Kinds of Schools
Progressive schools are different from so-called traditional schools. I am not being judgmental here. I am simply pointing out some differences between the two kinds of schools so that you can make an informed decision about which private schools to consider for your child.
Until the middle of the 20th-century, many schools simply taught their students facts and figures. You memorized and regurgitated information. Indeed I can remember being taught this way at Rosyln School and Westmount High School back in the '50s and '60s. That's just the way you were taught back then. All of your academic work was focused on what you could expect to be tested on in your final year-end exams. This all led inexorably to a forbidding set of examinations known as the Junior Matriculation. If you did well on that set of examinations administered at the end of Grade 11, you went off to university for more of the same.
Progressive schools by definition are schools that espouse the ideals and ideas of landmark educators and thinkers such as John Dewey and Francis Parker. At the beginning of the 20th-century, they were considered visionary by some, radical by others. The progressive curriculum was more varied and experiential. Students just didn't sit there passively listening to a teacher lecture about the material. They actually were encouraged to learn by discovery through a variety of hands-on activities. Teachers no longer had to get through a plethora of outdated materials simply to be able to say
Progressive schools are different from traditional schools. Their educational philosophies and teaching methods are different. Because there are so few progressive schools, relatively speaking - only about 75 schools call themselves progressive - most people are surprised when they discover that these schools even exist.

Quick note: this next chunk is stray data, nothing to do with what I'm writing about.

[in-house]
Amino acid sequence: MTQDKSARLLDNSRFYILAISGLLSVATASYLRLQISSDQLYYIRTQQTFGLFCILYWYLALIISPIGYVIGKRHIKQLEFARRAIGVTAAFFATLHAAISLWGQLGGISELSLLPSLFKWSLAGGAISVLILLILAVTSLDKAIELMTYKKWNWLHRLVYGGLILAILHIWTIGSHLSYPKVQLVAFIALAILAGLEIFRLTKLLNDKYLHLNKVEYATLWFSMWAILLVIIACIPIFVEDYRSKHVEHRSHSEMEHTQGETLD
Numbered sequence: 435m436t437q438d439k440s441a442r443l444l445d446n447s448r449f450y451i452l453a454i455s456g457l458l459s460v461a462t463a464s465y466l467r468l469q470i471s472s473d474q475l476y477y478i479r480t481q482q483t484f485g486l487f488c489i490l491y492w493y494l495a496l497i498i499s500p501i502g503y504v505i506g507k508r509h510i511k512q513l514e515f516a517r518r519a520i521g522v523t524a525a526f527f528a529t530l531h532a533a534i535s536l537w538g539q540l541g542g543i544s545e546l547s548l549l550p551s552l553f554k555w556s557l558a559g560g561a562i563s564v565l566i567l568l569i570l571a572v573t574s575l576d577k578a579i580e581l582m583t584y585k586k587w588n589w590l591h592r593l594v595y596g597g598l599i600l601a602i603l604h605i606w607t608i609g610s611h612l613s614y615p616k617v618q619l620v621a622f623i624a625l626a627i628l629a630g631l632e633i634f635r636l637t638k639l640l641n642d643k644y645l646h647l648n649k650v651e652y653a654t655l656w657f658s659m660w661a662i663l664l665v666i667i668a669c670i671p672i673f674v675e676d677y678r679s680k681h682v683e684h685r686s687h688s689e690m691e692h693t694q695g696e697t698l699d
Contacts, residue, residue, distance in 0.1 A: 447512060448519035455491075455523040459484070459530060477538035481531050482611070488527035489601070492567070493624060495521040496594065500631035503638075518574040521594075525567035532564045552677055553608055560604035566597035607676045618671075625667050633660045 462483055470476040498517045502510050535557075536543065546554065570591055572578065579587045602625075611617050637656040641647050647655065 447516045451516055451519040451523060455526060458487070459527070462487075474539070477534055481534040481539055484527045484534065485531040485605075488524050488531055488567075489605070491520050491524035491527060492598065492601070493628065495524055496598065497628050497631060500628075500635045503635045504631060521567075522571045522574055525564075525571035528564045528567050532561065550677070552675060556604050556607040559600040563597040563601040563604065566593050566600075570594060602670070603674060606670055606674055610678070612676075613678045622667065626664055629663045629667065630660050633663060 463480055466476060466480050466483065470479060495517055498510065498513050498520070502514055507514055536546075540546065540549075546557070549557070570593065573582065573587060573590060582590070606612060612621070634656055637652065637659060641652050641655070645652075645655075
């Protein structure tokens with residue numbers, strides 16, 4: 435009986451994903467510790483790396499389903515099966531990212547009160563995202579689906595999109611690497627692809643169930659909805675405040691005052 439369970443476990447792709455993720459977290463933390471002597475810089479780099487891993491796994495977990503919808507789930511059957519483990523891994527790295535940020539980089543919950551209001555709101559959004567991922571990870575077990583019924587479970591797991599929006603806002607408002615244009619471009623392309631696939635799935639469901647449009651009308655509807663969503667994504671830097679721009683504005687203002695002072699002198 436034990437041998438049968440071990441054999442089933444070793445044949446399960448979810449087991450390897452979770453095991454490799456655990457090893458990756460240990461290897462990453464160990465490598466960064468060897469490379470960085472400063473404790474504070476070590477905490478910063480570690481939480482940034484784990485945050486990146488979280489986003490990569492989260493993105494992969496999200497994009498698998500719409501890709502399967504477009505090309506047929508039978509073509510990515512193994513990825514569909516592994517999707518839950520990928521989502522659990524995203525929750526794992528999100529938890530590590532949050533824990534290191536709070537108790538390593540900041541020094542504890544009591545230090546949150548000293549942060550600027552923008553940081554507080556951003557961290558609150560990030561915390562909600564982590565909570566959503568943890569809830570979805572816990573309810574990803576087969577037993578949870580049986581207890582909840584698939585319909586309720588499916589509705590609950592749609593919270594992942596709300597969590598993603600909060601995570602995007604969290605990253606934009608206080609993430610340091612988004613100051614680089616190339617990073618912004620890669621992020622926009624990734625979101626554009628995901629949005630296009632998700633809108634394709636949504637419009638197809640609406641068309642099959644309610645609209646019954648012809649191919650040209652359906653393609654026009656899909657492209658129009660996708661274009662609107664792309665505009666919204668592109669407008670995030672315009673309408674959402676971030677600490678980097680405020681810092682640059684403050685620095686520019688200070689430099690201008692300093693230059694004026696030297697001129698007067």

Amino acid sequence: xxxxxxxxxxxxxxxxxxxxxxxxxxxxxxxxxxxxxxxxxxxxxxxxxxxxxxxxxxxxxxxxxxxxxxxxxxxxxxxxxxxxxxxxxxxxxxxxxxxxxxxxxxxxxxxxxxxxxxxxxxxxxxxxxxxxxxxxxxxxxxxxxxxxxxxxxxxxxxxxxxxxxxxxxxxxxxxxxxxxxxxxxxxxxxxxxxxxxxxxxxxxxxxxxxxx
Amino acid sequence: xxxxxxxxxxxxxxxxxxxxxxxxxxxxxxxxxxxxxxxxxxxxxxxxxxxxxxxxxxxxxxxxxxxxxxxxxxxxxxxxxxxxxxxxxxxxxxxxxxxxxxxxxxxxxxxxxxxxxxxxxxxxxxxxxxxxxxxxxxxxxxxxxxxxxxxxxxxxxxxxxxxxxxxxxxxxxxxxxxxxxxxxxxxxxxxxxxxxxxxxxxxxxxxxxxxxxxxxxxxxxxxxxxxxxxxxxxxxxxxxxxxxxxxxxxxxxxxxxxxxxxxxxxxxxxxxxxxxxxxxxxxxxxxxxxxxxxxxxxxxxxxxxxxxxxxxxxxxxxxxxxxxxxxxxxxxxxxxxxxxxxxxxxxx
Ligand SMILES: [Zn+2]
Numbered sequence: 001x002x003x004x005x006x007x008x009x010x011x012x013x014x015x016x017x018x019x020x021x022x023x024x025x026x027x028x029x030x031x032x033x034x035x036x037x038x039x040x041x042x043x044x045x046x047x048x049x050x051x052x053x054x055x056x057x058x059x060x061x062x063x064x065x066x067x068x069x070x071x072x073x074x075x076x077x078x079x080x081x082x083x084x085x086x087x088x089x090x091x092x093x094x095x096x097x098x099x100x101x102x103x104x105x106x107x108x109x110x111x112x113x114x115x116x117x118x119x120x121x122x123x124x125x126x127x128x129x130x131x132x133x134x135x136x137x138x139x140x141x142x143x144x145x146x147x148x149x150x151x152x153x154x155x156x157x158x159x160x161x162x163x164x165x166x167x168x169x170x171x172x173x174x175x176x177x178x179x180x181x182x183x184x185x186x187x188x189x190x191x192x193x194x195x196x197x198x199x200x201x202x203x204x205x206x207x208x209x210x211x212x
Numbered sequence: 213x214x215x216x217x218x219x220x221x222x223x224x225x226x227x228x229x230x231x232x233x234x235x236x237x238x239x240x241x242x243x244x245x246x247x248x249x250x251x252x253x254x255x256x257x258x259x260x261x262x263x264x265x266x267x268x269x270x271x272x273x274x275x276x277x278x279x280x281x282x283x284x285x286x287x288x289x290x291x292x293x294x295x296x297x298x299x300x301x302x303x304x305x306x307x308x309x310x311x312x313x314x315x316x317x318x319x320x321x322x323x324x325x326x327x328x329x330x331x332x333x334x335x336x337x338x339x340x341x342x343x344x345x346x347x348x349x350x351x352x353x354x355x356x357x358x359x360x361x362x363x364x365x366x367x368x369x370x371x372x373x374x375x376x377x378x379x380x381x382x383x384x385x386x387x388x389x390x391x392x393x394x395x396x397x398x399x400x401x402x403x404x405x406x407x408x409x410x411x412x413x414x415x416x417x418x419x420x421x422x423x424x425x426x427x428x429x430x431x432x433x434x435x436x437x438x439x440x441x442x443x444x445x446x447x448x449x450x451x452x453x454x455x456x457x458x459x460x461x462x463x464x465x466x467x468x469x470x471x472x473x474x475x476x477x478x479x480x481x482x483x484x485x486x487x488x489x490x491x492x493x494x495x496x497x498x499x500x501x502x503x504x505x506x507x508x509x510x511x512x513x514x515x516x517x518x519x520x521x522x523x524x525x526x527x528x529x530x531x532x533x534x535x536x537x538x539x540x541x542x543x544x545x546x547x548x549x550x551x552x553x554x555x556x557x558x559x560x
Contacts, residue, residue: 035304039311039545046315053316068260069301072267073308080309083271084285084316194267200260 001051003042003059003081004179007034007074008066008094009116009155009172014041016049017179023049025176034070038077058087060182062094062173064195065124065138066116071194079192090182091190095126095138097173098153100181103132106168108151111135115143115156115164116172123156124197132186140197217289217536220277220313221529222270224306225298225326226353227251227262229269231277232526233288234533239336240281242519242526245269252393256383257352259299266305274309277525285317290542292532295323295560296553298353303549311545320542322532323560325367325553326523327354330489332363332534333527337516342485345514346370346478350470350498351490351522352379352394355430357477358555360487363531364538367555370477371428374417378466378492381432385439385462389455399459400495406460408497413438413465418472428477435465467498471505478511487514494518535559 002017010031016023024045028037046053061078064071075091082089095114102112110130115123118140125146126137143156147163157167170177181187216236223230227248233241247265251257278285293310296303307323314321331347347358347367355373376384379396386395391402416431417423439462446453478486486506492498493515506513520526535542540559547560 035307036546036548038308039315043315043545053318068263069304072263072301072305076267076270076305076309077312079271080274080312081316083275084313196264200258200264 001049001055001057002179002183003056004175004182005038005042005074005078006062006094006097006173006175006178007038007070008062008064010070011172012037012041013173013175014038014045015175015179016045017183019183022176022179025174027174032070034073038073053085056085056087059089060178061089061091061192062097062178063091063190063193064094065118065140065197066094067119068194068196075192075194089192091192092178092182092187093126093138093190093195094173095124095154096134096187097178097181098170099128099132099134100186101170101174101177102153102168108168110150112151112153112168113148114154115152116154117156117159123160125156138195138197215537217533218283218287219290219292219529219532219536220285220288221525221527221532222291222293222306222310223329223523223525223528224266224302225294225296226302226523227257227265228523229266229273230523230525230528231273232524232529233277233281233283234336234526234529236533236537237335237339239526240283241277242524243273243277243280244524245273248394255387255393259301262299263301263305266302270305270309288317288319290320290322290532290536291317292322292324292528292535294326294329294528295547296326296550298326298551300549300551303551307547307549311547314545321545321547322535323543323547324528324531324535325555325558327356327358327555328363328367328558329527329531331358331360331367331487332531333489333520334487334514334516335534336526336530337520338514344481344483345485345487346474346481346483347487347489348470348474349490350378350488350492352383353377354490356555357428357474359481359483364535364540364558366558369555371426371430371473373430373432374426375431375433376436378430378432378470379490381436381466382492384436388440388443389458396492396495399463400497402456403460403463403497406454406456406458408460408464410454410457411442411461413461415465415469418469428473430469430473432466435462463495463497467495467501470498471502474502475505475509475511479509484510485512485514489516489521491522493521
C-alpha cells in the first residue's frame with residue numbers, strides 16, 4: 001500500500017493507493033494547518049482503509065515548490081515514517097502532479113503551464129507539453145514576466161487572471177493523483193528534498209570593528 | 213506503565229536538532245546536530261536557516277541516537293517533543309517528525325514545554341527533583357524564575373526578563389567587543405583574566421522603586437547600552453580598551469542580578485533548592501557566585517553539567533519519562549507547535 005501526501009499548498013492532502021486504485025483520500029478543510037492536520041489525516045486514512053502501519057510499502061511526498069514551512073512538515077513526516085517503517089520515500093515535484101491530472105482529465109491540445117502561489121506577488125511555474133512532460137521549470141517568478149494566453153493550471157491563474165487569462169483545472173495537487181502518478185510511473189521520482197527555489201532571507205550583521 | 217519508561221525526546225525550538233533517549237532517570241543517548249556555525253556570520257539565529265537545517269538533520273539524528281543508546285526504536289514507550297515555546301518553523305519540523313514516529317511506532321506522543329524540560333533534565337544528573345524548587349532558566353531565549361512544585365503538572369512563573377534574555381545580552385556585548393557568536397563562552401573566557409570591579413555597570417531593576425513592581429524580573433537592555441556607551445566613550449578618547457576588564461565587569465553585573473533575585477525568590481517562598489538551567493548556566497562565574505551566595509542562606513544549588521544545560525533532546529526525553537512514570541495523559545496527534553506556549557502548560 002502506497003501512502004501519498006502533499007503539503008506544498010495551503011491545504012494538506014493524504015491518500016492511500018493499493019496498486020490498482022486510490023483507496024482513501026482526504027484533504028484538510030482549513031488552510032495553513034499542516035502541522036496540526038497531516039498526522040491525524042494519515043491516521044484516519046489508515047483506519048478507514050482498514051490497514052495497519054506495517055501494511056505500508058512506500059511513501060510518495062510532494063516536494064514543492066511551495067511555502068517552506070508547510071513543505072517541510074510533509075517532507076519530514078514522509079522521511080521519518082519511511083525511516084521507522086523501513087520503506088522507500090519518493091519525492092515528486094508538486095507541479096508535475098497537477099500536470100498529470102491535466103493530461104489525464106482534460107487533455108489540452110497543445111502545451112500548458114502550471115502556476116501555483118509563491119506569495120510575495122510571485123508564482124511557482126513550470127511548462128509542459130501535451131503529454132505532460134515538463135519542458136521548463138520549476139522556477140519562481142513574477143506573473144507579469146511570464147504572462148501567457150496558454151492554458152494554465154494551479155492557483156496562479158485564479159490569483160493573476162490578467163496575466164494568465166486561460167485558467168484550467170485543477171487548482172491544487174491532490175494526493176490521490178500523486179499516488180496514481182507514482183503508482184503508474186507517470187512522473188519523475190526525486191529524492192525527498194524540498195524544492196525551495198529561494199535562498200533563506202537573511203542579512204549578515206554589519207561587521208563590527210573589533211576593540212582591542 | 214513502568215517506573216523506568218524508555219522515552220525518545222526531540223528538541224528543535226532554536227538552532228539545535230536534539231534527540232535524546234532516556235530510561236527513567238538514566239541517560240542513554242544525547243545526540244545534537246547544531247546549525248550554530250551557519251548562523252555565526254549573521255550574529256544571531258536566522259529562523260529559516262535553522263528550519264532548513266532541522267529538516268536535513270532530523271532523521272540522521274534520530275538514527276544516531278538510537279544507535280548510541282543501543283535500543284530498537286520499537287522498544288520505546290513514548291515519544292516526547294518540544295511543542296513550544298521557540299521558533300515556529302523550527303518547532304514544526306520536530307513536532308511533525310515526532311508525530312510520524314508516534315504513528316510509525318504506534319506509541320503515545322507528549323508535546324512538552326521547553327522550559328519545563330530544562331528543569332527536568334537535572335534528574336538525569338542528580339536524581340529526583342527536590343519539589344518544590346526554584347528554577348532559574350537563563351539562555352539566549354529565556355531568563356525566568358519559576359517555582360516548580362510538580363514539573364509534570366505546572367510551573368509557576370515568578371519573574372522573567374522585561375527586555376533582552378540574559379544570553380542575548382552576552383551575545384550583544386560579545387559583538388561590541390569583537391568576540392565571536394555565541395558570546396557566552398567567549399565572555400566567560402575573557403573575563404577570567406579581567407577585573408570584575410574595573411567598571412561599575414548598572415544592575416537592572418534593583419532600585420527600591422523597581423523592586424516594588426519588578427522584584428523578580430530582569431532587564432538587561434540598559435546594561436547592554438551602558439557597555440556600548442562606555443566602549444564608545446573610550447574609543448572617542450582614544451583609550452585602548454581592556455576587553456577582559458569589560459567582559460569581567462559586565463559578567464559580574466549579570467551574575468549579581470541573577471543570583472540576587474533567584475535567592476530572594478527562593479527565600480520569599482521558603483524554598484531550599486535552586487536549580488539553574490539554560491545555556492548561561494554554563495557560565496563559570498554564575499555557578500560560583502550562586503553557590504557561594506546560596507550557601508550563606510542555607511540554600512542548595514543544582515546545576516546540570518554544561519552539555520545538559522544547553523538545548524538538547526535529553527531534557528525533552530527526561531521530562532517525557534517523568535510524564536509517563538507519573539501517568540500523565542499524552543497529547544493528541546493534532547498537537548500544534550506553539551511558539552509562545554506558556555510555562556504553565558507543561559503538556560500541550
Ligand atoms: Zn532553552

First, here is some of the background on the progressive movement here in the United States. The easiest way to understand how progressivism got started in this country is to realize that educators were also philosophers. For example, the Vermont native John Dewey (1859-1952) who founded the University of Chicago's Laboratory School which many consider the flagship of progressive education, was a distinguished philosopher as well as an educator. In a nutshell, Dewey knew that education was the way to make sweeping changes in society. After he had left the University of Chicago, Dewey founded The New School in New York. The foundation of Dewey's approach to education rests on three lectures he gave back in the 1890s to raise money for his Laboratory School. The School and Social Progress, the School and the Life of the Child, and Waste in Education put forth Dewey's fundamental beliefs that education needs to be an interactive process in which the child discovers the relevance of his lessons to the real world outside.
Dewey did not like the segmentation of education as it progressed from the kindergarten years to high school. He espoused a unified approach which would ultimately produce capable